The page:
‘I used not to use the word imperialism. I thought young people wouldn’t even know what it meant… Suddenly I find that everyone is using the words imperialism and anti-imperialism.’ George Galloway is spot on. The war in Iraq has meant that millions of people are asking questions about imperialism, questions that this excellent and timely handbook goes a long way to answering.
Military aggression by the US is not new. Since the Second World War, the US has invaded or bombed Korea, Vietnam, Laos, Cambodia, Guatemala, Honduras, Panama, Cuba, Grenada, Haiti, Lebanon, Libya, Iraq, Somalia and Afghanistan. Nowhere has such US intervention brought a whiff of relief, let alone liberation, from poverty or repression. Conversely, the US has enjoyed rewards. It secured its long-sought control of a country crucial for the exploitation of the vast and largely untapped oil of Central Asia. It established military bases in Pakistan and every Central Asian state except Turkmenistan. And it used impoverished Afghanistan to show the world that it can ‘regime change’ whenever it wants.
Many questions are addressed in this book, such as the split between France and Britain. After the Suez fiasco in 1956, the British state resolved never again to get out of step with the US, whereas France was determined to build Europe as a counterbalance to US power. Differing economic interests also explain other splits in the UN. Before the so called ‘Iraq crisis’, contracts to develop nearly half the proven oil reserves in Iraq had been parcelled out to mostly non-US foreign companies. In 2002 some 3,000 Russian companies were doing business with Iraq and reportedly had acquired the rights to sell roughly 40 percent of Iraq’s oil on world markets.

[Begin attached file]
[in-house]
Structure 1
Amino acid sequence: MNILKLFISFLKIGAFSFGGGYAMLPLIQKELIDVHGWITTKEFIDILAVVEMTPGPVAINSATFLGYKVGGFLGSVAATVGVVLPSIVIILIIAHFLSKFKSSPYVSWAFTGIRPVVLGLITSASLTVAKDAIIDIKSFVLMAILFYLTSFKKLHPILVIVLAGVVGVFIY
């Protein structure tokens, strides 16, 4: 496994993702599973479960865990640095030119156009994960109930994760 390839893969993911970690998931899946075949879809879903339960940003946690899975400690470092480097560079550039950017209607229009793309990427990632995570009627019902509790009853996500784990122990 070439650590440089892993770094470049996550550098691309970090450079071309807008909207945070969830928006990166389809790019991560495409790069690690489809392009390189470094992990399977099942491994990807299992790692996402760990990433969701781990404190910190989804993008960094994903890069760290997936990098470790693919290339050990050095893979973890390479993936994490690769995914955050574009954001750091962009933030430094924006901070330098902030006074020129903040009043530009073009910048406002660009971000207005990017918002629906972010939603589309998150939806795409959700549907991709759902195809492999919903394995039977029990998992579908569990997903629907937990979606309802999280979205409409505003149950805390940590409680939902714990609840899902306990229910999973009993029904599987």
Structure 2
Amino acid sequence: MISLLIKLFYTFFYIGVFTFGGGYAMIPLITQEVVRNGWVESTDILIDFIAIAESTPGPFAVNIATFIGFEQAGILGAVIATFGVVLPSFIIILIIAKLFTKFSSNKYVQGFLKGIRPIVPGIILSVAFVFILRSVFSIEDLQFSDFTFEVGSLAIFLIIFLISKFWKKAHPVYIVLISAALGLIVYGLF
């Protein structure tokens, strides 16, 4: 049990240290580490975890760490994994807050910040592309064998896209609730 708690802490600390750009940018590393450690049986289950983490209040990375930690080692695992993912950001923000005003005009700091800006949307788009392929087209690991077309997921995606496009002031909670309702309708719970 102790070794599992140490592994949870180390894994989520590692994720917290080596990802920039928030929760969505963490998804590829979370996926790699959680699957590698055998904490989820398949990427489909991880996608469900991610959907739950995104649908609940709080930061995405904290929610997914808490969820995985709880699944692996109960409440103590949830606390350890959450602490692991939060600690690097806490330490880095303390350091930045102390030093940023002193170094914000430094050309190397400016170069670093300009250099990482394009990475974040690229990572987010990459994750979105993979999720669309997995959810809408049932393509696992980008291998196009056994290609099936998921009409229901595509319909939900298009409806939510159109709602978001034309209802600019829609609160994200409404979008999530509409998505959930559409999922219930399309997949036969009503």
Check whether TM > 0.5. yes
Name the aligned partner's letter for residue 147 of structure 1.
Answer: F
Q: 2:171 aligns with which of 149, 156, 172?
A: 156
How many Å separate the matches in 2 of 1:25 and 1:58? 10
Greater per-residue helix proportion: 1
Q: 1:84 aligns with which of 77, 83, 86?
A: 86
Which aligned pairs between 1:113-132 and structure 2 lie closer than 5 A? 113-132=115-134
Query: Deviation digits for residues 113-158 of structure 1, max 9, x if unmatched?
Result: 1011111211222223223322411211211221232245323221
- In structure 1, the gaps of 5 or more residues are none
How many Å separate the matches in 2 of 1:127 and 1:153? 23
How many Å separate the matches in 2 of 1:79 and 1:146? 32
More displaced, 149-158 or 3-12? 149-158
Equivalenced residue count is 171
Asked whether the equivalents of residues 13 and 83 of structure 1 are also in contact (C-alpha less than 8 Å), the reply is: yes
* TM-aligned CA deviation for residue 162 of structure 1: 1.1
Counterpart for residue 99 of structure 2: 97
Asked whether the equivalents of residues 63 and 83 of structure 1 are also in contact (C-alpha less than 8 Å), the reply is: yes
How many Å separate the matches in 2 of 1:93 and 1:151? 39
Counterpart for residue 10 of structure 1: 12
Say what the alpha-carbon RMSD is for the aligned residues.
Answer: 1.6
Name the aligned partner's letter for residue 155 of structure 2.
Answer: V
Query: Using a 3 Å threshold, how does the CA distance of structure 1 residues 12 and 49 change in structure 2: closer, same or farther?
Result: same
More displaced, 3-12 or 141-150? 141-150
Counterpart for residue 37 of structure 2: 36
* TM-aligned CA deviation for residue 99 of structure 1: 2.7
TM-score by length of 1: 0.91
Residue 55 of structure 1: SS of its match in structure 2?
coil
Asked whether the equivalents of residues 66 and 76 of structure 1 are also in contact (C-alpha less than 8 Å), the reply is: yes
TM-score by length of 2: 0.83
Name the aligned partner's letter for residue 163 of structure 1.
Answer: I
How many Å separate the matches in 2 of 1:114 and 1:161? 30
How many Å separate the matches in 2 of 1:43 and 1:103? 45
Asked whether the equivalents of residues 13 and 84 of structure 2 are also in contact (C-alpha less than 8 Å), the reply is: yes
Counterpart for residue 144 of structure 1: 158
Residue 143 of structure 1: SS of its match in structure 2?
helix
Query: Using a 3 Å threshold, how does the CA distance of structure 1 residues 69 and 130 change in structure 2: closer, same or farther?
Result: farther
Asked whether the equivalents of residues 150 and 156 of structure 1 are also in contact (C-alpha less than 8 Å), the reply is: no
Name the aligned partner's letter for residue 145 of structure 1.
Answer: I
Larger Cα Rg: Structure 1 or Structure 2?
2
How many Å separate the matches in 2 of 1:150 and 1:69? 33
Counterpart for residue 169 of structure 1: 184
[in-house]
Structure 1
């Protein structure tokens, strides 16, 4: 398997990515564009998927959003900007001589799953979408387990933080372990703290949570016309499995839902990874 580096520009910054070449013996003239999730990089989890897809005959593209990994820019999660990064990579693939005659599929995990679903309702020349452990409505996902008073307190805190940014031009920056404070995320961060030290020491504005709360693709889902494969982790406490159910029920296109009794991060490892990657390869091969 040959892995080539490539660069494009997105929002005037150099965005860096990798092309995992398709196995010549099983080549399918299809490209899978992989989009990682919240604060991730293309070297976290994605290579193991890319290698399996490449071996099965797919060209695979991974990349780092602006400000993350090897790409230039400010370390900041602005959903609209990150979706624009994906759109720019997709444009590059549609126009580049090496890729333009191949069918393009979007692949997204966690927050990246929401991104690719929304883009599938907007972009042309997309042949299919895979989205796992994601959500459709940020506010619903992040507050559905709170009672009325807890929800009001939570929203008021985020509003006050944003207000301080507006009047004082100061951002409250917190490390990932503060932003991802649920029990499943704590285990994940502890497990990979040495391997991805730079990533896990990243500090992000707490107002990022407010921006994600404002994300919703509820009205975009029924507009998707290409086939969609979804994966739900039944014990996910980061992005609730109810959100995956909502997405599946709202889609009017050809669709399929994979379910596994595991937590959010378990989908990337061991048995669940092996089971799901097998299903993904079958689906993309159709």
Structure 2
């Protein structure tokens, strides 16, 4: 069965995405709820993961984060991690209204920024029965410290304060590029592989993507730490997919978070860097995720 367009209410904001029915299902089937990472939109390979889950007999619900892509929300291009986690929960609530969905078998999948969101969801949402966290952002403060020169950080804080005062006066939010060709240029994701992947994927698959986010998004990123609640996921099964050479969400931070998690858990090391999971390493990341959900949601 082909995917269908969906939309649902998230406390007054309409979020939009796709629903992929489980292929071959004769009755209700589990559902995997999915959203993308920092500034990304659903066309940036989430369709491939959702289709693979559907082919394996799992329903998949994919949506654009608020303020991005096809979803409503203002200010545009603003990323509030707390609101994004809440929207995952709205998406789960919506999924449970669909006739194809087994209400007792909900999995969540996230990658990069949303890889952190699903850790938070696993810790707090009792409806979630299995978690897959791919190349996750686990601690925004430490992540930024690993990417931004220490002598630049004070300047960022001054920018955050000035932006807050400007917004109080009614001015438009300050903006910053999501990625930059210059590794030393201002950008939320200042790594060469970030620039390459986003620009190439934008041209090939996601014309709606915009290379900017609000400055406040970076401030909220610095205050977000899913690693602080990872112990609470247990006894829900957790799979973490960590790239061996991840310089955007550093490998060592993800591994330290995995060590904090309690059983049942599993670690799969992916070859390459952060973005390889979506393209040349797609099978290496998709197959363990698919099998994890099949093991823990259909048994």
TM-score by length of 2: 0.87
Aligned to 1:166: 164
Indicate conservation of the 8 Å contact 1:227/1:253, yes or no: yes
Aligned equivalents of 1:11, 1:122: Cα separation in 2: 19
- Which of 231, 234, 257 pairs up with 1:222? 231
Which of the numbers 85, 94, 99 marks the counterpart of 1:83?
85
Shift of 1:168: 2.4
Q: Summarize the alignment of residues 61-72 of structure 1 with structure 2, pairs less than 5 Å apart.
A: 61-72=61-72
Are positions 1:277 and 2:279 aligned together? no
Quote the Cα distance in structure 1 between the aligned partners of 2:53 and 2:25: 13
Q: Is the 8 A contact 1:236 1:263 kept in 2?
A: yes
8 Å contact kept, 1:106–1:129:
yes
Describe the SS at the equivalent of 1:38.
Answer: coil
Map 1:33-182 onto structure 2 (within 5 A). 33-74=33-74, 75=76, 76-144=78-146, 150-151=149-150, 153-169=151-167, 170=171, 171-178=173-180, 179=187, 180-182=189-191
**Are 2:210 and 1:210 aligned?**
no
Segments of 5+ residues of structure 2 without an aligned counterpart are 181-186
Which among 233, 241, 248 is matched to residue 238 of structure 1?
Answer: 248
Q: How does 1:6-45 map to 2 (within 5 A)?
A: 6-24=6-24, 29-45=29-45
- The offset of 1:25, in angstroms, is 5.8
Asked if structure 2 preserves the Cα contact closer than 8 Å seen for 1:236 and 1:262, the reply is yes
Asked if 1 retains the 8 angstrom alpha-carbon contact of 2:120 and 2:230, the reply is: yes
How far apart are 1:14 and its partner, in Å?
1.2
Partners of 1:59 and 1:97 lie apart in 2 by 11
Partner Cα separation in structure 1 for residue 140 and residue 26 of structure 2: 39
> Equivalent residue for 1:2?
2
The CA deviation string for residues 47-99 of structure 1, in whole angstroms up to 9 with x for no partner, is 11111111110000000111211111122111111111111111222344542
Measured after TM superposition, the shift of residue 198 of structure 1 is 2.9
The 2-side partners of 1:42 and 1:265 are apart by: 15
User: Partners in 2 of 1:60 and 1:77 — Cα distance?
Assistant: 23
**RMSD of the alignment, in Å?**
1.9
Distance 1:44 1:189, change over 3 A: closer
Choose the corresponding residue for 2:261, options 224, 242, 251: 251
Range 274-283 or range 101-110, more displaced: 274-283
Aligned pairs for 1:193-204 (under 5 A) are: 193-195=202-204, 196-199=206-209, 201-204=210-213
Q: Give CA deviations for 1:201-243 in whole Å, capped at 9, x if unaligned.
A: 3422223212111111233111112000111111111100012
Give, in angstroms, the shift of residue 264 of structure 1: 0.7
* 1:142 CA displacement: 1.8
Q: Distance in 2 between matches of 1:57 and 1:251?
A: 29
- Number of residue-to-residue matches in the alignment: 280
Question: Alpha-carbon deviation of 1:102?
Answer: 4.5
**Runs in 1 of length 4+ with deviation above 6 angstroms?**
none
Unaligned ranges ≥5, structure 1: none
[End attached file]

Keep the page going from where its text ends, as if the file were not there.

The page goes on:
Many other articles provide invaluable arguments–George Galloway shows that the Middle East ‘peace plans’ are simply attempts to ‘throw sand in the eyes of Arab public opinion’; Hassan Mahamdallie explains how imperialist states use racism to demonise and dehumanise the ‘enemy’; Chris Harman discusses national liberation and reminds us of Marx’s adage that ‘a nation which oppresses another cannot itself be free’.
The book also has wonderful illustrations and ‘fact files’ that on their own or in combination speak volumes. For example, the US has 15,000 nuclear warheads; its military budget is $379bn and its international aid budget is $25bn. The annual cost of providing healthcare and nutrition for the world’s population is $15bn; the US has almost 45 percent of the trade in major conventional weapons, and owns five of the top six arms defence companies.
However this guide is far from gloomy. Several contributors point to the mismatch between the US’s military might and its economic muscle, which means the empire is beginning to crumble from within. As its relative economic strength in the world continues to decline, it becomes increasingly prone to crisis.
But the main reason for cheer is the emergence of a mass and diverse worldwide anti-capitalist and anti-war movement, which, as Jeremy Corbyn says, has ‘changed the politics of this country’.
Anyone with any doubts about the virtues of US imperialism should read Dragan Plavsic’s piece on the Serbian Revolution that toppled Slobodan Milosevic. ‘Where the west brought colonial rule to Bosnia and Kosovo, the uprising brought democracy to Serbia. Where the west sanctioned ethnic cleansing, the uprising ethnically cleansed no one. Where the west failed to secure Milosevic’s overthrow with 78 days of bombing, the uprising felled him in days. Where the west brought death to hundreds of civilians, the uprising cost three lives.’
A Belgrade University student summed it up well in an interview with the BBC: ‘We did it on our own. Please do not help us again with your bombs.’
Women between revolution and counter-revolution
Animated film retells Anne Frank’s story
A pick of the highlights